• Which have been invalidated (e.g., that unemployment would remain near record-lows), and which have been accelerated (e.g., demand for online education and services)?

By laying out our initial assumptions and acknowledging how the market has altered them, we can get an immediate glimpse into where and how our strategy needs to pivot.

Make quick-win decisions to “Keep, Cut, and Adapt”

Based on an initial assumptions reevaluation, we know that there are some things that aren’t going to change; for example the core institutional identity or mission of the institution, or our commitment to quality online education. There will also be strategies and goals that will need to be stopped—at least for now—based on our initial assessment. These are the goals for which COVID has rendered every single one of our assumptions invalid. However, most of our strategic goals are likely to need some sort of adaptation. Perhaps COVID has required us to rethink our implementation timelines, or has rendered some of our assumptions invalid, but not fundamentally invalidated the core of our strategy. Completing a quick “Keep, Cut, Adapt” sorting exercise provides a “quick win” decision-making opportunity for leaders, while also articulating which strategies will need more executive mindshare.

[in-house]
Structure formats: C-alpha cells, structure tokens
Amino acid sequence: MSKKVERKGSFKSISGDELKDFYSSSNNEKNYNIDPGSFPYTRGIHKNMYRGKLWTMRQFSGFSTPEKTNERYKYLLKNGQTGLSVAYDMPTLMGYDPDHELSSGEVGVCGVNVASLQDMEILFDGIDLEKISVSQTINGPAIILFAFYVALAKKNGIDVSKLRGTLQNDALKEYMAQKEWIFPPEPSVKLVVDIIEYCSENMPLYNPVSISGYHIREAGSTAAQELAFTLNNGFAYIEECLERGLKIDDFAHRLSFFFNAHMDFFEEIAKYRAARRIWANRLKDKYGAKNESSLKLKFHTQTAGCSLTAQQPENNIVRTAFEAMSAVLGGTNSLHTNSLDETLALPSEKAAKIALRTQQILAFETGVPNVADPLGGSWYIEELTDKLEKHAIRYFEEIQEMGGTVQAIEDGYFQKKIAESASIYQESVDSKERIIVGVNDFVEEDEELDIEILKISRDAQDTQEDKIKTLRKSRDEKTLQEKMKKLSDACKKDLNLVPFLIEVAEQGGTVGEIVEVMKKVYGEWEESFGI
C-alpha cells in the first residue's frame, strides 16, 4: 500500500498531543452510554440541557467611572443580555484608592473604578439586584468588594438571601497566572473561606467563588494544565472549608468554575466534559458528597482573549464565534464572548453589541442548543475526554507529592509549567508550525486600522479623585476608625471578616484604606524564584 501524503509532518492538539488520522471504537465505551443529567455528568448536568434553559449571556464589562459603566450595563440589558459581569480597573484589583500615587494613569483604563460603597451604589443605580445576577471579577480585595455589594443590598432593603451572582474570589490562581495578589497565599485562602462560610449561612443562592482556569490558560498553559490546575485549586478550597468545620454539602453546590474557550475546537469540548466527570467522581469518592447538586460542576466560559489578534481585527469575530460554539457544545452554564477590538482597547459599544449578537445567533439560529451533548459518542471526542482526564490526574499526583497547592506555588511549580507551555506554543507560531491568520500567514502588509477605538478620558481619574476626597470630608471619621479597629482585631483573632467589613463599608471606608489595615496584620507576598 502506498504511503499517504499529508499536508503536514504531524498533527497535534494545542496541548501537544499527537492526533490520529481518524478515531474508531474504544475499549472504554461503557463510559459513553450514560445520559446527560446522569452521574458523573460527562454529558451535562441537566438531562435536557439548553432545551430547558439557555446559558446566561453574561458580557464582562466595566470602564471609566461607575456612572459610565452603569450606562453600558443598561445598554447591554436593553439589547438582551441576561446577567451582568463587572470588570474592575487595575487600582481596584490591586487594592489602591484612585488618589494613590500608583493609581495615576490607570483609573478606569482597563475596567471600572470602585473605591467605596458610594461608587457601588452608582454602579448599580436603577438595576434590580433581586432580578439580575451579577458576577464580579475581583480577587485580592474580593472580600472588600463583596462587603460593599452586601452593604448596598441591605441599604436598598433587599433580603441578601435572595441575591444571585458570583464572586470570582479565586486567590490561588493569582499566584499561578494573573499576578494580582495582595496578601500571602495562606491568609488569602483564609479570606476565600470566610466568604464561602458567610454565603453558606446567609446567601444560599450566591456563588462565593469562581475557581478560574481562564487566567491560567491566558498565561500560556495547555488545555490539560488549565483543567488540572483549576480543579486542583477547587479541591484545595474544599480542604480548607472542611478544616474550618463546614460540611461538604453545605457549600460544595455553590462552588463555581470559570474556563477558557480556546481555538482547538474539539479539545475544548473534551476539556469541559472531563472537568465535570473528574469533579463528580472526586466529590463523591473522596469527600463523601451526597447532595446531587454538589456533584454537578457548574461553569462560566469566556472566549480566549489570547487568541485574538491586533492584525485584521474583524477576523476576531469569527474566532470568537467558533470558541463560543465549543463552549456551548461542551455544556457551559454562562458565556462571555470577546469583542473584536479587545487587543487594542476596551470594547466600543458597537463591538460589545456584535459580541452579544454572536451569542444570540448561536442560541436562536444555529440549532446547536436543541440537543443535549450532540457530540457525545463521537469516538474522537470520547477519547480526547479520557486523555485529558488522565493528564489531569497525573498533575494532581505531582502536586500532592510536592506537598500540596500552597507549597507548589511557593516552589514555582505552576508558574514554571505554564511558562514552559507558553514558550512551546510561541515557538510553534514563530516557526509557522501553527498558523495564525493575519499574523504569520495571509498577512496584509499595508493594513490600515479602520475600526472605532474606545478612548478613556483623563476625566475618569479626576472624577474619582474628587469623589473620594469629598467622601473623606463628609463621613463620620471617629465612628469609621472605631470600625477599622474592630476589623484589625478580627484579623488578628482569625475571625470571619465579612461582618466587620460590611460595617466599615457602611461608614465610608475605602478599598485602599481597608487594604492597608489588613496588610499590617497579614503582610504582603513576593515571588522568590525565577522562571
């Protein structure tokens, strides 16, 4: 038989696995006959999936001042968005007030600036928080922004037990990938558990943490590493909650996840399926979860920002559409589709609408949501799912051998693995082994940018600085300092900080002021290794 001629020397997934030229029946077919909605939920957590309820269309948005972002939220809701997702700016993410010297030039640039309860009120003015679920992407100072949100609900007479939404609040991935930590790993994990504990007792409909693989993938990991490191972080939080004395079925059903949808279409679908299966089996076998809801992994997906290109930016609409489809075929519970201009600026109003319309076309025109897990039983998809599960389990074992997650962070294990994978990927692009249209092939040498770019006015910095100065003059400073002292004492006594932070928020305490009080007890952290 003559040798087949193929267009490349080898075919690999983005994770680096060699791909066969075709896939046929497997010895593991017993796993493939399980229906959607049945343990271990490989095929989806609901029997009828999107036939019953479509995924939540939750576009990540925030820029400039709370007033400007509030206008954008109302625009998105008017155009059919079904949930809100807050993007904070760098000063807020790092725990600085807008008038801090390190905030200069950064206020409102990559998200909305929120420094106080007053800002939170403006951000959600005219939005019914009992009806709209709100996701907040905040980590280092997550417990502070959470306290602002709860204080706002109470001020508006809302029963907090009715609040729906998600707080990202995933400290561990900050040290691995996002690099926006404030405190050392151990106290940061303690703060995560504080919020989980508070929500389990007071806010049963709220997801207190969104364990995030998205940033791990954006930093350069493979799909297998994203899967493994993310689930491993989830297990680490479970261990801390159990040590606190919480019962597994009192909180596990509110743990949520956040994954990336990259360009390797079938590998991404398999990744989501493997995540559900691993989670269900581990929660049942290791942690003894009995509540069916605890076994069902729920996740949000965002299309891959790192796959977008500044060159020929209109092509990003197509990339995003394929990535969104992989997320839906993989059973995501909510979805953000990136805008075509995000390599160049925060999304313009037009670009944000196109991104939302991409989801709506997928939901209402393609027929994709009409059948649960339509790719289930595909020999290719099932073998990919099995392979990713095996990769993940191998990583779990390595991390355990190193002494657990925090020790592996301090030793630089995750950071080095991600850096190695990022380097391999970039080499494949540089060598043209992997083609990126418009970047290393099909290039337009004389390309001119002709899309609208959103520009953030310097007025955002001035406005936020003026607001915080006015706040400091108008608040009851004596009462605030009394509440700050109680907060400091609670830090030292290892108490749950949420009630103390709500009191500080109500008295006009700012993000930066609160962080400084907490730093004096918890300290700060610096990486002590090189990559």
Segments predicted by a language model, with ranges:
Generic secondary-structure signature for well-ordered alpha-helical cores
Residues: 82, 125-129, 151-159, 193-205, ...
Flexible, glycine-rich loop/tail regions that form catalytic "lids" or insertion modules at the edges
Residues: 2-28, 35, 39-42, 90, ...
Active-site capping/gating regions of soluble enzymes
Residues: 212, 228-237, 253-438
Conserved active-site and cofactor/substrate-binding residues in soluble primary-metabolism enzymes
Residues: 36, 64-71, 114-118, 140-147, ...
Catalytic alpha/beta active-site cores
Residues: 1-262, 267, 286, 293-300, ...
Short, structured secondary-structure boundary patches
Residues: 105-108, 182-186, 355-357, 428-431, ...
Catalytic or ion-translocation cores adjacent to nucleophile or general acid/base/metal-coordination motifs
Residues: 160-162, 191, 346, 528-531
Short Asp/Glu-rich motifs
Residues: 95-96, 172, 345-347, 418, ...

Start with “Why?” to align strategy to the market